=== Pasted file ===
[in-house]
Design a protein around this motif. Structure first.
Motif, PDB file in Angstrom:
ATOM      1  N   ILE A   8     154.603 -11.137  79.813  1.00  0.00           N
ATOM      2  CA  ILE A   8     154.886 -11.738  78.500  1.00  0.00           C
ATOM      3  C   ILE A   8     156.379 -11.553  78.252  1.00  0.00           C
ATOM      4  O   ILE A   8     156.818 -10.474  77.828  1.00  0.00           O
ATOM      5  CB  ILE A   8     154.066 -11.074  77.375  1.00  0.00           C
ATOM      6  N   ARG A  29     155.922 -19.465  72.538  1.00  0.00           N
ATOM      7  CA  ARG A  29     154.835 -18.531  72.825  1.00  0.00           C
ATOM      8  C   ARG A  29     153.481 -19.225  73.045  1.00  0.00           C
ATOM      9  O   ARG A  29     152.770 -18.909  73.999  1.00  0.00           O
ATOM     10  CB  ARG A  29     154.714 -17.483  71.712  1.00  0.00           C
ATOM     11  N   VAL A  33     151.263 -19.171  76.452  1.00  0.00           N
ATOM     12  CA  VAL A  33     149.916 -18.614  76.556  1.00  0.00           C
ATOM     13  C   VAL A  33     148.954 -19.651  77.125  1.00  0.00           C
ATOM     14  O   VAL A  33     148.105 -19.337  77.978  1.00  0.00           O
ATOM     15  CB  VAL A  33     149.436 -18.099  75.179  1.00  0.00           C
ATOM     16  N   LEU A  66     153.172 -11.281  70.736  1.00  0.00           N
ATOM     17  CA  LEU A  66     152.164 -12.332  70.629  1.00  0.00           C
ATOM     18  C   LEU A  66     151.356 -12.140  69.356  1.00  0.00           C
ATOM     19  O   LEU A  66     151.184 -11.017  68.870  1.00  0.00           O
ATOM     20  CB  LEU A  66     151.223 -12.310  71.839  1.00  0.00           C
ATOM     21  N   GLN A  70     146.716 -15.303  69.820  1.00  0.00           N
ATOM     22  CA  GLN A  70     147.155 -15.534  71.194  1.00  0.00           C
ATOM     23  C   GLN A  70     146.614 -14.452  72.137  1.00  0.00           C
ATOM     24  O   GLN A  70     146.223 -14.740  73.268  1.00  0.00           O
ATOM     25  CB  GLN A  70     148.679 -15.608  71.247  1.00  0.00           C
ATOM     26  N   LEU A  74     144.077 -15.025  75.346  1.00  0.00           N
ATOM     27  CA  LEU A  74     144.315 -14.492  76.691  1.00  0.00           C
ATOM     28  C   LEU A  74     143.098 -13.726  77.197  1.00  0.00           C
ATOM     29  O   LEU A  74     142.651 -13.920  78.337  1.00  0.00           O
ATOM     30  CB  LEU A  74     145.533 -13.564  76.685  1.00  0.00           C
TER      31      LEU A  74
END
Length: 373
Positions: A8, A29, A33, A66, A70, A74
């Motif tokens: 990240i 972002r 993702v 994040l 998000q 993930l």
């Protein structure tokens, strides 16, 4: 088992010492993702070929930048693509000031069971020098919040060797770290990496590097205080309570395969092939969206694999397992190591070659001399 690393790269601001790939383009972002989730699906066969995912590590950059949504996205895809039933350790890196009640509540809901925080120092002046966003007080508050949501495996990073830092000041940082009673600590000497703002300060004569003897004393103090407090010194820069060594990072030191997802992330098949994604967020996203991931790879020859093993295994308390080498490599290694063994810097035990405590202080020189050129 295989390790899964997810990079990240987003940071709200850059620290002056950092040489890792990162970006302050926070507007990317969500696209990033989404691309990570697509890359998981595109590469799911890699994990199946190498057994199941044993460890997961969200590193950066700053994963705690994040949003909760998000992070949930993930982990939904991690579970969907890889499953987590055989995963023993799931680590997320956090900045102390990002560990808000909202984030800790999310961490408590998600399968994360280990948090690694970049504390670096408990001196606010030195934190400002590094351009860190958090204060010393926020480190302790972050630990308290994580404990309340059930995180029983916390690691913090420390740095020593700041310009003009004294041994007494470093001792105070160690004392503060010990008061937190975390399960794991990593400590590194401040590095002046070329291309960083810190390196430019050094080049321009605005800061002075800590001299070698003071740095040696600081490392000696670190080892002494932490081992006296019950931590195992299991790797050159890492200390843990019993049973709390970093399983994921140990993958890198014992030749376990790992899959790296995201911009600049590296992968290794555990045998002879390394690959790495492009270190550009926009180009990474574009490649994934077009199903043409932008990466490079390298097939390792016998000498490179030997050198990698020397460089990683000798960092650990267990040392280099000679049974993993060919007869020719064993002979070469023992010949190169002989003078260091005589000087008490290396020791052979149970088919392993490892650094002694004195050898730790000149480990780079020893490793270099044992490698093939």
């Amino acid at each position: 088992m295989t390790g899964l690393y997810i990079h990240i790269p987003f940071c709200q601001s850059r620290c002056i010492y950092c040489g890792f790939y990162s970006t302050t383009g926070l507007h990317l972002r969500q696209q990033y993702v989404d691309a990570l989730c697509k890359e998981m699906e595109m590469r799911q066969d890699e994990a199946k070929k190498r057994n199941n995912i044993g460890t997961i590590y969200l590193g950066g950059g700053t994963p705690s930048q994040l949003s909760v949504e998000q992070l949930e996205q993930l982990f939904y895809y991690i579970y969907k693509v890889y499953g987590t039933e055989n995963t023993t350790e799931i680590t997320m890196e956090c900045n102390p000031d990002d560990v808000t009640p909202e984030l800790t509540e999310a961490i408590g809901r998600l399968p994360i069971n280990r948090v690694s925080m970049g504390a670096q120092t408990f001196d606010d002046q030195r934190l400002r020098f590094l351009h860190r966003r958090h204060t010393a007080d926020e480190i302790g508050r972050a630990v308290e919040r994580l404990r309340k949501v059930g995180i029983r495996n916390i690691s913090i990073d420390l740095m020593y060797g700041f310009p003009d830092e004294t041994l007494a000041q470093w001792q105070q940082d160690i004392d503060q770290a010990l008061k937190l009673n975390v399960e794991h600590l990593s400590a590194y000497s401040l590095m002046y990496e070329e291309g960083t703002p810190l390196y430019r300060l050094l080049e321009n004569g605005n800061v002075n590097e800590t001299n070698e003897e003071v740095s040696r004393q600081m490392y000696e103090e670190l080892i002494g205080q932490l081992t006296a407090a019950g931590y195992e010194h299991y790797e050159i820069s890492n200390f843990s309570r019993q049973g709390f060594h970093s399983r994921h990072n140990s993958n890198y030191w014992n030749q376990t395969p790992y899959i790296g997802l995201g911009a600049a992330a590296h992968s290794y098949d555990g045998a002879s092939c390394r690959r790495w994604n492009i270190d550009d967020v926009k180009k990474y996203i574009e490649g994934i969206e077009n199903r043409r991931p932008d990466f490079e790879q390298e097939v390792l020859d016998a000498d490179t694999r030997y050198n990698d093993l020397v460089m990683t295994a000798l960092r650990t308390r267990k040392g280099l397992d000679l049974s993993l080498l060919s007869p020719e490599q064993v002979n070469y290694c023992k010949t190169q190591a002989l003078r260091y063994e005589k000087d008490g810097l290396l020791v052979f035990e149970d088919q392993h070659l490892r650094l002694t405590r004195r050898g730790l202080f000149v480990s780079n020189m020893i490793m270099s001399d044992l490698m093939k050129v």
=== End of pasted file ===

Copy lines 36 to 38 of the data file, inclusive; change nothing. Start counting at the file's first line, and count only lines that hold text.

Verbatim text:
Length: 373
Positions: A8, A29, A33, A66, A70, A74
């Motif tokens: 990240i 972002r 993702v 994040l 998000q 993930l």